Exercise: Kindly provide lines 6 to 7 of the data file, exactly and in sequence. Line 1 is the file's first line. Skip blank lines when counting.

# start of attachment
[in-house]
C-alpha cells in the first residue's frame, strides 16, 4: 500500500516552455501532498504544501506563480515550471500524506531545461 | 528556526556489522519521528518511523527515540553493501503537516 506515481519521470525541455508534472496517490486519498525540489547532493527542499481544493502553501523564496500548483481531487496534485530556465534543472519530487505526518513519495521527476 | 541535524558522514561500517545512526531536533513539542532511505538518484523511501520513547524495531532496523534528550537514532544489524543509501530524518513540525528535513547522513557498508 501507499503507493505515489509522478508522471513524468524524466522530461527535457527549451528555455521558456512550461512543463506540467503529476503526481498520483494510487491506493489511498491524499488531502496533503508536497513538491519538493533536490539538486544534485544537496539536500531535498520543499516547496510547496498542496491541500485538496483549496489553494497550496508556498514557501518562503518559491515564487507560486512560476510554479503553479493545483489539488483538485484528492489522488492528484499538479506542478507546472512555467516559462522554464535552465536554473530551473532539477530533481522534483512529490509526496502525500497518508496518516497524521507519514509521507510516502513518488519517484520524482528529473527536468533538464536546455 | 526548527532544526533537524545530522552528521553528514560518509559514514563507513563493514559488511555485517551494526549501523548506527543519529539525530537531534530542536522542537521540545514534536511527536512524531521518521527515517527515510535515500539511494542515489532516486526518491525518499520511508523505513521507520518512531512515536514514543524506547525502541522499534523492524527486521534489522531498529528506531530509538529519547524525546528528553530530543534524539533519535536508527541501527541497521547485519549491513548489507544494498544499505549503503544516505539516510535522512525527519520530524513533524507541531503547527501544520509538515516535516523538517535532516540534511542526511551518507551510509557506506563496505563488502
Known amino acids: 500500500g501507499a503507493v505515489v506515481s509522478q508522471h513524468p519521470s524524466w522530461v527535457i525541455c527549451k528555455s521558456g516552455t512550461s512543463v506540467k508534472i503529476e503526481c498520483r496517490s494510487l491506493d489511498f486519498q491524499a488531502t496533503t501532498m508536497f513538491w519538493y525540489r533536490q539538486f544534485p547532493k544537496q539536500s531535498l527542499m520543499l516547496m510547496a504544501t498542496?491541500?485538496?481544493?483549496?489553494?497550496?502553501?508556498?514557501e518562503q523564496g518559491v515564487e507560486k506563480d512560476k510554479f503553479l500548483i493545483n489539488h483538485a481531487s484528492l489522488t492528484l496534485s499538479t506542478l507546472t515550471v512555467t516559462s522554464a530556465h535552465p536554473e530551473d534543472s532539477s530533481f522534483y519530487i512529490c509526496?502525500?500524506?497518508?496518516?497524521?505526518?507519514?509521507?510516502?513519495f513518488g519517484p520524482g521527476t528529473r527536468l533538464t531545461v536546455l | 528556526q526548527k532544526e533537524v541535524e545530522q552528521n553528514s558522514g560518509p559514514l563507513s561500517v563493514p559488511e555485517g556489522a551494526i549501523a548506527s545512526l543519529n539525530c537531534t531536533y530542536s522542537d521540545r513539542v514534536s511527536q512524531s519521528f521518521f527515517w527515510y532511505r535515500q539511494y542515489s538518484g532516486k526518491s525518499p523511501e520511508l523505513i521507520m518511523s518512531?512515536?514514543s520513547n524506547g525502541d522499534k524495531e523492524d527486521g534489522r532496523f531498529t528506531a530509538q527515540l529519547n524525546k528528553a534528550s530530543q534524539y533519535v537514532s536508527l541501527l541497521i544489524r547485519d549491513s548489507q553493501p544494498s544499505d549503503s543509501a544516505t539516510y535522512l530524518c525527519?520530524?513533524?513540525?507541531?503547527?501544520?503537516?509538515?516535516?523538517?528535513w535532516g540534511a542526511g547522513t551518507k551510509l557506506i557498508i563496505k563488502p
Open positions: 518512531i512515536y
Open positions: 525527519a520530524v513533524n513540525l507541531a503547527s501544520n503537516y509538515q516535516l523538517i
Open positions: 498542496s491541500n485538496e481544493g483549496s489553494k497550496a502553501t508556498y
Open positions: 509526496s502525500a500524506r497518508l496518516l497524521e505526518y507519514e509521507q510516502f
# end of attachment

Open positions: 498542496s491541500n485538496e481544493g483549496s489553494k497550496a502553501t508556498y
Open positions: 509526496s502525500a500524506r497518508l496518516l497524521e505526518y507519514e509521507q510516502f